Midnight Bureaucrats

THE WASHINGTON POST is also following the outgoing administration's movement of political appointees into civil service positions. "The transfer of political appointees into permanent federal positions, called 'burrowing' by career officials, creates security for those employees, and at least initially will deprive the incoming Obama administration of the chance to install its preferred appointees in some key jobs." The POST reports that: "between March 1 and Nov. 3, according to the federal Office of Personnel Management, the Bush administration allowed 20 political appointees to become career civil servants...In its last 12 months, the Clinton administration approved 47 such moves, including seven at the senior executive level." Civil service job protections make it very difficult to remove people once transfers have been made.

Published on November 21, 2008.


EXPOSÉ on THE JOURNAL: Danger Beneath the North Texas Soil
Fatal flaws in gaslines. THE JOURNAL and EXPOSÉ AMERICA'S INVESTIGATIVE Reports present an investigative story into tragic accidents resulting from natural gas explosions. The report is part of BLUEPRINT AMERICA, a PBS-wide series on the nation's infrastructure.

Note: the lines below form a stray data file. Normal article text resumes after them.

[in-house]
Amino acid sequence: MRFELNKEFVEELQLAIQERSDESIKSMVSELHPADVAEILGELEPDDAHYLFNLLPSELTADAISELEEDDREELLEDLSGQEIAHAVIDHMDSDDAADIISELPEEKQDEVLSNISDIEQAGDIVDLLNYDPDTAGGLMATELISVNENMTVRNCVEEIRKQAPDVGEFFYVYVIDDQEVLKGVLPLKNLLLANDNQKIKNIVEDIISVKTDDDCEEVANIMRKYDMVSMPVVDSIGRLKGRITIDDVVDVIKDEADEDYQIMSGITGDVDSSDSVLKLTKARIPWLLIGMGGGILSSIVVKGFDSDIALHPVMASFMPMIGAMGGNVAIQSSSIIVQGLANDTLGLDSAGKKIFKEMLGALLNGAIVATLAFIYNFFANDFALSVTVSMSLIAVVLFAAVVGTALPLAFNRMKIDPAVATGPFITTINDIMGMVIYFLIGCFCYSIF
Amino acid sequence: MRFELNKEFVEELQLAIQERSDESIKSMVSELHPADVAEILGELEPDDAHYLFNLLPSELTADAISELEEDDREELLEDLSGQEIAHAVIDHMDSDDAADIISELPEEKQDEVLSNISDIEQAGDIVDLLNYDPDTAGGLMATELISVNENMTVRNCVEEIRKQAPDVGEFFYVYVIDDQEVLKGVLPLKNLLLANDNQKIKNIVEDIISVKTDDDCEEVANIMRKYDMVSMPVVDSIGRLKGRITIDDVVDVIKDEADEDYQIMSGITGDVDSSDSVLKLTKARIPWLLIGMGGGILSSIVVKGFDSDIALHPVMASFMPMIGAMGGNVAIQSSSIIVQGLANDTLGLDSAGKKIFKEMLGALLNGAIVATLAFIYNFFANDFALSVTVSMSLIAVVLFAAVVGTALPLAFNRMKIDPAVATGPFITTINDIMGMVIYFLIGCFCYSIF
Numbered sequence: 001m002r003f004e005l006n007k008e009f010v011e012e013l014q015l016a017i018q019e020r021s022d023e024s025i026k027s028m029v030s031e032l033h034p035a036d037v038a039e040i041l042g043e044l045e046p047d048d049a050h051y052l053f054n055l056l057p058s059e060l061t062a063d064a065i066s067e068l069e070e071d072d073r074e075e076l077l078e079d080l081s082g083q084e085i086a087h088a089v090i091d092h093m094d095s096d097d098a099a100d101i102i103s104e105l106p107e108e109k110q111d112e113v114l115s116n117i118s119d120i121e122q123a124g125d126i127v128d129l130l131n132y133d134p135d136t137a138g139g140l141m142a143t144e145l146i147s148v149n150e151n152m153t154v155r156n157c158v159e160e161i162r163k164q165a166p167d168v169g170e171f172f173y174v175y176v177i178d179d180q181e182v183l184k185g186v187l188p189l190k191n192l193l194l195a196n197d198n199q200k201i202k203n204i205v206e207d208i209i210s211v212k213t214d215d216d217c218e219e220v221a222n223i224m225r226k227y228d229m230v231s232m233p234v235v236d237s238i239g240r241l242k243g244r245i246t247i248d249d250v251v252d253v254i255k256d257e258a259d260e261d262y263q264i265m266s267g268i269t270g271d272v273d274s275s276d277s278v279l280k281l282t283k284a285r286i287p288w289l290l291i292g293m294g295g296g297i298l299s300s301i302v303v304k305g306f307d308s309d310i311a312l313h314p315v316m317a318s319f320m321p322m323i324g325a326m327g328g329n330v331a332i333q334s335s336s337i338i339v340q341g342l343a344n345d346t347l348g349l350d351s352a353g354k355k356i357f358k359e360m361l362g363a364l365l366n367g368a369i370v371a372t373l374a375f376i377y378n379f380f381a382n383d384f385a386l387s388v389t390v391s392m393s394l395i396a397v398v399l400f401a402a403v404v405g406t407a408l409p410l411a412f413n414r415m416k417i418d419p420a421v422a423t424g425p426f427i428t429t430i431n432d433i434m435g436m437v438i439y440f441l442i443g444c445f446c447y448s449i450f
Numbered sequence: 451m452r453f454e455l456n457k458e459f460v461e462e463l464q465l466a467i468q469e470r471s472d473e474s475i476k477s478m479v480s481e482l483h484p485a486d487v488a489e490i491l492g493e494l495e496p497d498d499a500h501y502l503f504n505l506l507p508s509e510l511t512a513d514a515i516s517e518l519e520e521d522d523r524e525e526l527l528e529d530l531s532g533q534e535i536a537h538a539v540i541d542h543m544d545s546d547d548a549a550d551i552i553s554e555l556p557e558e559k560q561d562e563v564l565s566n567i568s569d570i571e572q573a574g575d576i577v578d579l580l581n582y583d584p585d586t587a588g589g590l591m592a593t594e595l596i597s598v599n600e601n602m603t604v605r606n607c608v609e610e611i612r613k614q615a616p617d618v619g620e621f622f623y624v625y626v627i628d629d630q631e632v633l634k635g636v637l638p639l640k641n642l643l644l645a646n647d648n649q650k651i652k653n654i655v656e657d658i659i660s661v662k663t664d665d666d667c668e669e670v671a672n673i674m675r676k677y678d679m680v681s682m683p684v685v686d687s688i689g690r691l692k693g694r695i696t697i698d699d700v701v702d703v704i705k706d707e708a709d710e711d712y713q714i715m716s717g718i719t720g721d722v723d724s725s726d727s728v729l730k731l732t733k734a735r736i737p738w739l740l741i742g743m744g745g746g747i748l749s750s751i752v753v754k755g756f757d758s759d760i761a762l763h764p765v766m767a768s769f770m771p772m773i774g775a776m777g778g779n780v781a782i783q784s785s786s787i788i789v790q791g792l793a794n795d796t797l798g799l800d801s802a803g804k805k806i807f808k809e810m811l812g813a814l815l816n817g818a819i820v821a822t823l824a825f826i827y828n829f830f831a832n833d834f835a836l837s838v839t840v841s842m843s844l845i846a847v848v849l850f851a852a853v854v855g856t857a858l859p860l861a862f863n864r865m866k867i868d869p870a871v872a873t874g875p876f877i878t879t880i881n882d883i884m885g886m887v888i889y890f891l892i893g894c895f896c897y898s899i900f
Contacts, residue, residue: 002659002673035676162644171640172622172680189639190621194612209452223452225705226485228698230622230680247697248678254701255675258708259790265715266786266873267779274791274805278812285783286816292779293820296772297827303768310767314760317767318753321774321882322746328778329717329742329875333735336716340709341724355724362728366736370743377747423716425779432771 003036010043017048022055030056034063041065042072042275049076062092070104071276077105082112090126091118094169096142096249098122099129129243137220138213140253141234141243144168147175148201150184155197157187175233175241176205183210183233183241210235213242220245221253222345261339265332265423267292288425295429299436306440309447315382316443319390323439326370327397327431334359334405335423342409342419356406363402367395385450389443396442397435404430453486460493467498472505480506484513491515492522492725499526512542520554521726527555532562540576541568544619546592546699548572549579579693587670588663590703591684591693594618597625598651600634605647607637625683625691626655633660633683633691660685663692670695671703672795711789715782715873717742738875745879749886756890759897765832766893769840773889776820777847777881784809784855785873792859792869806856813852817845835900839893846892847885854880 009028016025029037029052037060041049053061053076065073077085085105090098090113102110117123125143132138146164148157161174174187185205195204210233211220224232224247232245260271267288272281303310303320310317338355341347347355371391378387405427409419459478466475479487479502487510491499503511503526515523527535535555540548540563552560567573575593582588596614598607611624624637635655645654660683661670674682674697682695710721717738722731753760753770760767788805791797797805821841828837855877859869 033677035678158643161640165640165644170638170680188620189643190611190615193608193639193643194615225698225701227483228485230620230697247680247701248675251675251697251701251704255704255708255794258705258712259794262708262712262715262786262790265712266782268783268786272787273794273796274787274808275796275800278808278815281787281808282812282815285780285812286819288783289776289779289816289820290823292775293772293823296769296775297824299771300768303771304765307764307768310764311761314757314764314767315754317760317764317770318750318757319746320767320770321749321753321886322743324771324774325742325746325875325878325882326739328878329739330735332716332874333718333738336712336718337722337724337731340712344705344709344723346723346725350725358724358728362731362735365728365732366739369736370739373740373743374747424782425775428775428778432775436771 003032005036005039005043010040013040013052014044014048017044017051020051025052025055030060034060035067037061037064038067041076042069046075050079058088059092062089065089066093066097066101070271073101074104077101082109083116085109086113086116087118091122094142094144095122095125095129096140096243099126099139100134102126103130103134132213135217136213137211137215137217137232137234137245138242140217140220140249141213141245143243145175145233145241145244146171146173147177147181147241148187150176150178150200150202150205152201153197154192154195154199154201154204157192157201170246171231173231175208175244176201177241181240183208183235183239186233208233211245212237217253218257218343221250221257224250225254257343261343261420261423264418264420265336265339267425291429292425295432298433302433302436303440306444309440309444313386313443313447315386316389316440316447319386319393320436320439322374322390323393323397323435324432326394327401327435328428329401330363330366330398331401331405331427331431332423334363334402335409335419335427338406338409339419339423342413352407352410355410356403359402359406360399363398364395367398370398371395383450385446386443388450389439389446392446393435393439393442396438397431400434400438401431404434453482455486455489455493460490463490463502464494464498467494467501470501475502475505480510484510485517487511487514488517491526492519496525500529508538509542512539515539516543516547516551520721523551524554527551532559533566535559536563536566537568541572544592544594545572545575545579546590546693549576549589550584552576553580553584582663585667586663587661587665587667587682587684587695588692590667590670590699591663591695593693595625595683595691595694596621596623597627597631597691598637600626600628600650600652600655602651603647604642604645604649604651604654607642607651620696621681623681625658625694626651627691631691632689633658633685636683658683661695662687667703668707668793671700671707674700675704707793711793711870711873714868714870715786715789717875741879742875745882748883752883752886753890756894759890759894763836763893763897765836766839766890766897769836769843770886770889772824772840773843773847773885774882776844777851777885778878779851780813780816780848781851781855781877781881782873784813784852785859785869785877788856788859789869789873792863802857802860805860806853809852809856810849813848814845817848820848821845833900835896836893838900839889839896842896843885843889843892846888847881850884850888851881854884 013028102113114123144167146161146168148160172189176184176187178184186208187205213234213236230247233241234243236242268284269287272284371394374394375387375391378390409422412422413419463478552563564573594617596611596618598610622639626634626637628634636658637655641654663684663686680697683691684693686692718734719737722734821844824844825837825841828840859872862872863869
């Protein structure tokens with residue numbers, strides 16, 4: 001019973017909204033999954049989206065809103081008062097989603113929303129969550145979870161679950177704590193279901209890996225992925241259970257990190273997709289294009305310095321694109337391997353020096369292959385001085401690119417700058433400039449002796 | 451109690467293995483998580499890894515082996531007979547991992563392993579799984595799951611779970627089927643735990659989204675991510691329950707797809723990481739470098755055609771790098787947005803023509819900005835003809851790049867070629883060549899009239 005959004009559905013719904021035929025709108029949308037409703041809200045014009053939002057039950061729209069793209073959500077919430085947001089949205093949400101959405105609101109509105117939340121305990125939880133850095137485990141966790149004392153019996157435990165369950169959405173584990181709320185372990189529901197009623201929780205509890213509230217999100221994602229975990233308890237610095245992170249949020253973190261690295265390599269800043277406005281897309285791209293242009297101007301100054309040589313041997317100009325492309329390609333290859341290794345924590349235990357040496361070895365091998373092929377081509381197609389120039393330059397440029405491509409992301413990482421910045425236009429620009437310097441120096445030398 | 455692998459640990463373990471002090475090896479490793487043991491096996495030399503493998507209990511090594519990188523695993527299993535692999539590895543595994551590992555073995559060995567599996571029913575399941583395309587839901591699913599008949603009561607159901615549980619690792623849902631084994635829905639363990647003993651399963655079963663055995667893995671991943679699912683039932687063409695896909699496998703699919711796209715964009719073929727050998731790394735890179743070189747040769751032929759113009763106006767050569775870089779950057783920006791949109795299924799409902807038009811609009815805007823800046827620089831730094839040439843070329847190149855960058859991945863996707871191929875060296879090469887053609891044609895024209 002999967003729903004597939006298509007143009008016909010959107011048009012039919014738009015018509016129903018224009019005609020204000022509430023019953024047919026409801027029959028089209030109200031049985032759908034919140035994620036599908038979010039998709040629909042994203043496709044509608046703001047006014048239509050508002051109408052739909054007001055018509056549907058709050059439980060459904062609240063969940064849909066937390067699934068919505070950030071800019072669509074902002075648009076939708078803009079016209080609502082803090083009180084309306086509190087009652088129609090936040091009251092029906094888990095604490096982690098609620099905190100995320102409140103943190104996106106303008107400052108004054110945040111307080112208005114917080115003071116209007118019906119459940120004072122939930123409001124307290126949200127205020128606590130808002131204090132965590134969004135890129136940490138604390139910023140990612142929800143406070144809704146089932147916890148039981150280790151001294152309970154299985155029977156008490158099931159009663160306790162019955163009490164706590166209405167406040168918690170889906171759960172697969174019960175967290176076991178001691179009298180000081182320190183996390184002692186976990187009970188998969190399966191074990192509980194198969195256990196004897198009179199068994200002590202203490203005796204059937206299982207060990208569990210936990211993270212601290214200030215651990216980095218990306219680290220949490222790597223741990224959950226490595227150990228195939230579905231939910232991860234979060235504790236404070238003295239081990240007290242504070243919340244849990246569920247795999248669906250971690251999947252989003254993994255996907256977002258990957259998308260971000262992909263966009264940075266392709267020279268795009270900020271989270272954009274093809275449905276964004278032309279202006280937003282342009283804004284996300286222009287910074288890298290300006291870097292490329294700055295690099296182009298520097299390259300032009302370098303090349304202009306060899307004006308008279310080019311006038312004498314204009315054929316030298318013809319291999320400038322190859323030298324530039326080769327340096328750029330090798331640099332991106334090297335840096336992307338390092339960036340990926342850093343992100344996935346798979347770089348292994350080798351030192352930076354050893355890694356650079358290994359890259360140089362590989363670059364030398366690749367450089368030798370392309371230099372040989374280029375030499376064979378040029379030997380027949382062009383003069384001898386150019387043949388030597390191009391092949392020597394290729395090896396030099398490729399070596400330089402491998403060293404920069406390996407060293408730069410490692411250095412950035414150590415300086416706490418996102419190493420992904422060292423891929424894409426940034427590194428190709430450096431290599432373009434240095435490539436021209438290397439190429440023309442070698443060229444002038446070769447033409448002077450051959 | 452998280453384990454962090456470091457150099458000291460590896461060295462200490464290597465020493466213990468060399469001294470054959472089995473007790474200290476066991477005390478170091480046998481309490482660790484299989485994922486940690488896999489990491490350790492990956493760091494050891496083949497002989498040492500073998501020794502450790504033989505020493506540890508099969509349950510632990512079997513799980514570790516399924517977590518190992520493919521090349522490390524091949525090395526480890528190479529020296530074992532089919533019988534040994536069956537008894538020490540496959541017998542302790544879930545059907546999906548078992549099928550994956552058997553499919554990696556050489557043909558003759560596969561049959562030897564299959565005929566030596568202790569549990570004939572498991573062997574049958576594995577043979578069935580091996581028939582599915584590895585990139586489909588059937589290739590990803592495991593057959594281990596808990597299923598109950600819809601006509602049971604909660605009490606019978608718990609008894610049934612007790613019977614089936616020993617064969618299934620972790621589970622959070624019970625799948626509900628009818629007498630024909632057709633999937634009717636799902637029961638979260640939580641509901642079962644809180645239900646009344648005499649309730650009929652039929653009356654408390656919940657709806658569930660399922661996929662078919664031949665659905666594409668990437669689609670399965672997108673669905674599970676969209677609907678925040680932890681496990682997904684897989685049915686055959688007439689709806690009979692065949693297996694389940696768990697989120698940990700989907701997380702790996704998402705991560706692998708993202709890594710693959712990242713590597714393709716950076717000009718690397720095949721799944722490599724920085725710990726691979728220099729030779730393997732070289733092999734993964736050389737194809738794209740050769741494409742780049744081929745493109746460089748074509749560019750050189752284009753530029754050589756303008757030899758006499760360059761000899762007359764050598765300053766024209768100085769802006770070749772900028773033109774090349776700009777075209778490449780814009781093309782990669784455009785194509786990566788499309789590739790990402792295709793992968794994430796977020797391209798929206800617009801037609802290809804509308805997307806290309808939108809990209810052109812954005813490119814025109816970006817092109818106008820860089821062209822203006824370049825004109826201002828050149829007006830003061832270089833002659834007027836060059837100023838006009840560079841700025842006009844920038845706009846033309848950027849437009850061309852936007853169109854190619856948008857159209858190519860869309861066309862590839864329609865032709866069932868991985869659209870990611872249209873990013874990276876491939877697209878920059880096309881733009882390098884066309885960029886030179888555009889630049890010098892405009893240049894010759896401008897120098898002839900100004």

JOURNAL guest host Deborah Amos speaks with NEW YORK TIMES business columnist Joe Nocera about the bailout mania in Washington and who's next in line to get federal assistance

MORE AT: www.pbs.org/wnet/expose/2008/11/wfaa-homepage

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At November 22, 2008 at 9:52:00 AM EST , Blogger Decorina said...

I am a truck driver. We can already drive 11 hours in a fourteen hour period. They can be consecutive. No change there.

It is a change to allow 88 hours of driving in a week's time. It is now 70 hours.

At November 22, 2008 at 7:55:00 PM EST , Blogger ilovemylife said...


Thanks for the information.

Safe travels to you.